Friday, December 6, 2013
Herradura’s Tequila With A French Accent
Friday, November 22, 2013
A Trio of Laphroaig Whiskies for Your Cigar
Friday, November 1, 2013
Charbay's Beer and Whiskey Connection
Friday, October 18, 2013
The Dalmore and Boulud Collaboration Whisky
Friday, October 4, 2013
Rye Gets a Vermouth Finish
- More from Drinks
Cardhu is Back!
Posted: July 16, 2010
After a five year absense Cardhu, the venerable Speyside Scotch whisky, is returning to the United States late this summer with its subtle sweet charms of fruit and flowers. Cardhu has only appeared in America as the heart of the Johnnie Walker blend since shortages forced it off the market in 2005.
Cardhu was at the center of a controversy that ultimately caused a change in the way Scotch whisky was classified earlier in this decade. The distillery, which was established in 1824, had been used mainly to create whisky for blending since John Walker & Sons took control in 1893. By this century, its single malt had developed an avid following, especially in southern Europe. Faced with shortages its owner, Diageo, decided to bottle the single malt as part of a blend of other malts, which it labeled Cardhu Pure Malt. The move resulted in an outcry among whisky purists and Cardhu—under any name—was taken off American shelves. The 12-year-old has sold as a single malt in Europe since 2005.
In 2006, the Scotch Malt Whisky Association altered the rules by which Scotch whisky is labeled. Prior to that time the terms "vatted malt," and, in the cases of Cardhu and Johnnie Green Label, "pure malt" were often used to describe a mixture of single malts from several distilleries. The SWA decreed that such whisky be designated "blended malts." This classification differs from "blended Scotch whisky" in that the latter contains grain whiskies and the former does not. Malts are made only from barley and distilled in pot stills. Grain whiskies are made from a combination of barley and other cereals and distilled in column stills.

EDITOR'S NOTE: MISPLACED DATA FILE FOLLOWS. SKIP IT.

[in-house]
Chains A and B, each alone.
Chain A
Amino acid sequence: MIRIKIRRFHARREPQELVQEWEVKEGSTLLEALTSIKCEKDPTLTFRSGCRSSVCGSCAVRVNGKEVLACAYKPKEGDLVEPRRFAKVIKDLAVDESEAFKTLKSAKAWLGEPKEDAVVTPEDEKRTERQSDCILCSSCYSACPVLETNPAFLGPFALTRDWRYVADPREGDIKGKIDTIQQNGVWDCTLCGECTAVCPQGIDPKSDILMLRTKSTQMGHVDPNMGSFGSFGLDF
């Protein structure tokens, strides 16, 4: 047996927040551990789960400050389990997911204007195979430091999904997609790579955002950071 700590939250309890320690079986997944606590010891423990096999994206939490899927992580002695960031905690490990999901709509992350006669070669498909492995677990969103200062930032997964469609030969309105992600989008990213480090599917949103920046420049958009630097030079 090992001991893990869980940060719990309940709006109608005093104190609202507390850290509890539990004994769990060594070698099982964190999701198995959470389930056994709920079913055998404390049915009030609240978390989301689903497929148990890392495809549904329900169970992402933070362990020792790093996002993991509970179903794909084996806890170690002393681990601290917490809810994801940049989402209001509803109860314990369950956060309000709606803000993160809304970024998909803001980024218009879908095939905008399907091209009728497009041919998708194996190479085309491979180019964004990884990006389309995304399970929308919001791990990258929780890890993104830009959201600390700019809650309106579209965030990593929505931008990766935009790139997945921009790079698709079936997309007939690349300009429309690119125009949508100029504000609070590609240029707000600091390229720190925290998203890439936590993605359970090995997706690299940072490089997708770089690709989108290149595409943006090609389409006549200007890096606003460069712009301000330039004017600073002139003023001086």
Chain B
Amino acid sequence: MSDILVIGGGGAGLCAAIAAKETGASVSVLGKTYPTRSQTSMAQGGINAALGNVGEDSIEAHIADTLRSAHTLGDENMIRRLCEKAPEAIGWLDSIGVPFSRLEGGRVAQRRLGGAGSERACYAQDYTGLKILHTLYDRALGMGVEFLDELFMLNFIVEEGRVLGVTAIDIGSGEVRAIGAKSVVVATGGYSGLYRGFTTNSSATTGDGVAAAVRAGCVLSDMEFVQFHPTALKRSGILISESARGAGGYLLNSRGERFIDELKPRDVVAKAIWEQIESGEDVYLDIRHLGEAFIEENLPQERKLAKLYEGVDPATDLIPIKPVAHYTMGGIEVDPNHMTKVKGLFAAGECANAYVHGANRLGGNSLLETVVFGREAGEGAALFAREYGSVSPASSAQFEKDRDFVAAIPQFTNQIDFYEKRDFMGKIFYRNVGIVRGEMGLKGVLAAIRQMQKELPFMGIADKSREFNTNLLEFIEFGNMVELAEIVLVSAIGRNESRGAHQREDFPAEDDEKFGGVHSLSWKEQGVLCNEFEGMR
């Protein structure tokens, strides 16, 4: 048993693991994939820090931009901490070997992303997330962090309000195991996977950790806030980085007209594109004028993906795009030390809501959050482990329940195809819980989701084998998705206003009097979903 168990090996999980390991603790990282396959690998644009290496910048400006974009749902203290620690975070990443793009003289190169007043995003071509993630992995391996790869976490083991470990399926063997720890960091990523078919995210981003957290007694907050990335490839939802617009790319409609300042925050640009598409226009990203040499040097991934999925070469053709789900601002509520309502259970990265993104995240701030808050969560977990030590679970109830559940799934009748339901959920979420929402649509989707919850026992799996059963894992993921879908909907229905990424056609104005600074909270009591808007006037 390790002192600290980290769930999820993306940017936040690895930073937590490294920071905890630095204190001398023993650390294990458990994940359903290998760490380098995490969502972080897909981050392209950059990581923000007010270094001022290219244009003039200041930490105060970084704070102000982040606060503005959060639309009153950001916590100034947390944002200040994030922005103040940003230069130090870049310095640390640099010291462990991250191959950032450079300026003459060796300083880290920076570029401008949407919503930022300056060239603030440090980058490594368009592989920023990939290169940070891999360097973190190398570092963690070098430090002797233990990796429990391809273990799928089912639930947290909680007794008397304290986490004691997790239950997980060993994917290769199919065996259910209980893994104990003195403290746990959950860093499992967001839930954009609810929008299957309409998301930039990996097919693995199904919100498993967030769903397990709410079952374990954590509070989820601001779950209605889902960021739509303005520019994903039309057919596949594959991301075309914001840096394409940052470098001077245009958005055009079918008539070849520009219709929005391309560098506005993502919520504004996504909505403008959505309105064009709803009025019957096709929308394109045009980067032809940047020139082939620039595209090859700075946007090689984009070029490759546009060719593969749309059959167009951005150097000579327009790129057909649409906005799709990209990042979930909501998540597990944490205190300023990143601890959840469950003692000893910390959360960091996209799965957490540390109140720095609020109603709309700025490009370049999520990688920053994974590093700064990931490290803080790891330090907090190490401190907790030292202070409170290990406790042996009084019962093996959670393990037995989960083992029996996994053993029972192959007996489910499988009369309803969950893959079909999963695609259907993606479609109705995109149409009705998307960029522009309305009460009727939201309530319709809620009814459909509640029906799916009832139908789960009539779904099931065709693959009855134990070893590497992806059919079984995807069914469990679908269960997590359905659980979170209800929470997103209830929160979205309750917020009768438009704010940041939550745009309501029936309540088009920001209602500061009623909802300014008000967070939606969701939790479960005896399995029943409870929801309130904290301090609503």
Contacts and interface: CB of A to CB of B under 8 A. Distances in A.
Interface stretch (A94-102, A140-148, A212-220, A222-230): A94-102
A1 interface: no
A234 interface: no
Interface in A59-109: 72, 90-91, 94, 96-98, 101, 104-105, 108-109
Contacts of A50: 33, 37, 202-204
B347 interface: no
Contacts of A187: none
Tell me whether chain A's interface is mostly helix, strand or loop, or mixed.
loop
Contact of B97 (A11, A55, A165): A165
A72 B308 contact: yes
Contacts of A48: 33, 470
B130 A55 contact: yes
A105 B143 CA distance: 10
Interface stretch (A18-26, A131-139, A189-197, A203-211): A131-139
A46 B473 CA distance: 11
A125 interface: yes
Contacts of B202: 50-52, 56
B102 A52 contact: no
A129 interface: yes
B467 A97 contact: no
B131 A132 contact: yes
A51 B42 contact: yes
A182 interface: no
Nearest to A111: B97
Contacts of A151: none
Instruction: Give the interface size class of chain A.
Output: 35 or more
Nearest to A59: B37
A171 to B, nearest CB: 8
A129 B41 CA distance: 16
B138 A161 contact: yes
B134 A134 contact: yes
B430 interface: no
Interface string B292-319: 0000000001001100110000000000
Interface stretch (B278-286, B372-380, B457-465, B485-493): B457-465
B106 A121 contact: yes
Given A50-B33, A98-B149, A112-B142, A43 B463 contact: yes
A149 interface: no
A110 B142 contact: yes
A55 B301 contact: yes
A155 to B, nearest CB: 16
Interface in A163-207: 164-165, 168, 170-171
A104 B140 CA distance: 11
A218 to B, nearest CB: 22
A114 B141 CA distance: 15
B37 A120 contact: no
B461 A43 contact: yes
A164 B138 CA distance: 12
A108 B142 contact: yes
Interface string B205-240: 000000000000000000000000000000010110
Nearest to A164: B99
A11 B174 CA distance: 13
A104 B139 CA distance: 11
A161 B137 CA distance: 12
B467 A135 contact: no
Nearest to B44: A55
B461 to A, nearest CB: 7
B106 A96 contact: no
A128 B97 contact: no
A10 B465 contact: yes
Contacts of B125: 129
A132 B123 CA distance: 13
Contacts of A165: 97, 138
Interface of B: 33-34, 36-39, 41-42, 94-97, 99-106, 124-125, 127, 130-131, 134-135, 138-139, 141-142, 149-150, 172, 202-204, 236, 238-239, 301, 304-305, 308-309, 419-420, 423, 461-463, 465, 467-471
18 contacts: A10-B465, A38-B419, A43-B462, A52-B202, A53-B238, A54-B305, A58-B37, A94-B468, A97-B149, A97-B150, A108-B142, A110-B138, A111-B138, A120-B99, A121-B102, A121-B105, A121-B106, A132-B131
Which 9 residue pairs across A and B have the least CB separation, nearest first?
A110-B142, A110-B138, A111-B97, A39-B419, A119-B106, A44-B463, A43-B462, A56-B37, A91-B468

Originally owned by the Cumming family, stills have operated at the Cardhu site on Mannoch Hill, overlooking the river Spey, since 1811. Until 1824, when John Cumming obtained a license, the whisky was illicit. Cumming's daughter-in-law would later take over, becoming one of Scotland's first great female distillers and expanding the operation immensely before selling to Walker.
The distillery, set on the north side of the river valley, is a very picturesque location and provides an excellent tour. Cardhu's elegant, swan-neck copper stills contribute to the soft, silky character of the whisky. Despite this smoothness, the 12-year-old is deceptively flavorful.
Cardhu 12-year-old Highland Scotch Whisky
Appearance: Medium to light color, olive oil, faintest green, plump legs.
Nose: Floral, candied nose of fruits (peaches and pears), heather and honey.
Palate: Light, but flavorful with a silky character. Hard candy, honey spices and slight anise. It develops a hint of Stilton as you chew through it. A lush malty, bread character crops up momentarily in mid-palate. The slightest hint of peat.
Finish: The finish anchors you to the rich hard-candy and honey flavors that inform this malt and has a medium length.
Cigar pairing: You'll be tempted to smoke something mild with this, but it's worth it to push into the medium-bodied range in the search for flavor synergy.
You must be logged in to post a comment.